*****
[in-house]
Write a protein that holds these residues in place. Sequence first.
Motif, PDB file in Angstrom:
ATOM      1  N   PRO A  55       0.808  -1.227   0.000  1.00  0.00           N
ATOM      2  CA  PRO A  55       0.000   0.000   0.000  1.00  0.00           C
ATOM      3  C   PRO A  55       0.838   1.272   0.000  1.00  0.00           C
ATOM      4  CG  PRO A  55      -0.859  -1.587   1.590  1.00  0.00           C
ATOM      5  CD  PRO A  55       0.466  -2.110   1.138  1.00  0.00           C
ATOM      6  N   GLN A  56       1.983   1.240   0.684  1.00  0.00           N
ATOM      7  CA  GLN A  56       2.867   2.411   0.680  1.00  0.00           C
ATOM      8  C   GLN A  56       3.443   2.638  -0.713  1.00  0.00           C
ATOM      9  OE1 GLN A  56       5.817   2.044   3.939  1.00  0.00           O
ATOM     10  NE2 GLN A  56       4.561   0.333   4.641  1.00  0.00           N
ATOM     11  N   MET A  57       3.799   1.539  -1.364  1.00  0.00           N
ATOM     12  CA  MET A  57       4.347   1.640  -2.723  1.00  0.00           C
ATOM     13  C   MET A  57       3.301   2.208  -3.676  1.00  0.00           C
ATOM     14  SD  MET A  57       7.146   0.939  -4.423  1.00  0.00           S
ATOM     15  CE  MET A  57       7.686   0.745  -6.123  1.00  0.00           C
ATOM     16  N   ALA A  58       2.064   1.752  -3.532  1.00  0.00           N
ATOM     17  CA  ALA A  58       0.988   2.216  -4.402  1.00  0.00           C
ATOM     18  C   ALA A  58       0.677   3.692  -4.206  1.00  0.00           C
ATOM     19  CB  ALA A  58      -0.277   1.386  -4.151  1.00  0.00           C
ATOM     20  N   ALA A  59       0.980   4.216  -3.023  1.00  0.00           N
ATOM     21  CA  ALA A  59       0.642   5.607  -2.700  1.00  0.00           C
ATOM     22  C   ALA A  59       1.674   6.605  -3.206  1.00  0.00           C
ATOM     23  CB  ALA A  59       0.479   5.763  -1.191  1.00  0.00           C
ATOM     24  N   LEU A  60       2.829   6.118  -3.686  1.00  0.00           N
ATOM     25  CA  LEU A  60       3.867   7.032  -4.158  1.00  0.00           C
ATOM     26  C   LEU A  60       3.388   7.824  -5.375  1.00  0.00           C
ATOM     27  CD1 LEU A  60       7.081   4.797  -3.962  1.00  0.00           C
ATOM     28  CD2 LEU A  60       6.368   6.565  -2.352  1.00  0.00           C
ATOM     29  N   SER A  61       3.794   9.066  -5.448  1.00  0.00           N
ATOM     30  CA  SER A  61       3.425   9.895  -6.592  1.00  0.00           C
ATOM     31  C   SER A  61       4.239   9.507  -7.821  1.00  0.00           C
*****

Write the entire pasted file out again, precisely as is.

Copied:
[in-house]
Write a protein that holds these residues in place. Sequence first.
Motif, PDB file in Angstrom:
ATOM      1  N   PRO A  55       0.808  -1.227   0.000  1.00  0.00           N
ATOM      2  CA  PRO A  55       0.000   0.000   0.000  1.00  0.00           C
ATOM      3  C   PRO A  55       0.838   1.272   0.000  1.00  0.00           C
ATOM      4  CG  PRO A  55      -0.859  -1.587   1.590  1.00  0.00           C
ATOM      5  CD  PRO A  55       0.466  -2.110   1.138  1.00  0.00           C
ATOM      6  N   GLN A  56       1.983   1.240   0.684  1.00  0.00           N
ATOM      7  CA  GLN A  56       2.867   2.411   0.680  1.00  0.00           C
ATOM      8  C   GLN A  56       3.443   2.638  -0.713  1.00  0.00           C
ATOM      9  OE1 GLN A  56       5.817   2.044   3.939  1.00  0.00           O
ATOM     10  NE2 GLN A  56       4.561   0.333   4.641  1.00  0.00           N
ATOM     11  N   MET A  57       3.799   1.539  -1.364  1.00  0.00           N
ATOM     12  CA  MET A  57       4.347   1.640  -2.723  1.00  0.00           C
ATOM     13  C   MET A  57       3.301   2.208  -3.676  1.00  0.00           C
ATOM     14  SD  MET A  57       7.146   0.939  -4.423  1.00  0.00           S
ATOM     15  CE  MET A  57       7.686   0.745  -6.123  1.00  0.00           C
ATOM     16  N   ALA A  58       2.064   1.752  -3.532  1.00  0.00           N
ATOM     17  CA  ALA A  58       0.988   2.216  -4.402  1.00  0.00           C
ATOM     18  C   ALA A  58       0.677   3.692  -4.206  1.00  0.00           C
ATOM     19  CB  ALA A  58      -0.277   1.386  -4.151  1.00  0.00           C
ATOM     20  N   ALA A  59       0.980   4.216  -3.023  1.00  0.00           N
ATOM     21  CA  ALA A  59       0.642   5.607  -2.700  1.00  0.00           C
ATOM     22  C   ALA A  59       1.674   6.605  -3.206  1.00  0.00           C
ATOM     23  CB  ALA A  59       0.479   5.763  -1.191  1.00  0.00           C
ATOM     24  N   LEU A  60       2.829   6.118  -3.686  1.00  0.00           N
ATOM     25  CA  LEU A  60       3.867   7.032  -4.158  1.00  0.00           C
ATOM     26  C   LEU A  60       3.388   7.824  -5.375  1.00  0.00           C
ATOM     27  CD1 LEU A  60       7.081   4.797  -3.962  1.00  0.00           C
ATOM     28  CD2 LEU A  60       6.368   6.565  -2.352  1.00  0.00           C
ATOM     29  N   SER A  61       3.794   9.066  -5.448  1.00  0.00           N
ATOM     30  CA  SER A  61       3.425   9.895  -6.592  1.00  0.00           C
ATOM     31  C   SER A  61       4.239   9.507  -7.821  1.00  0.00           C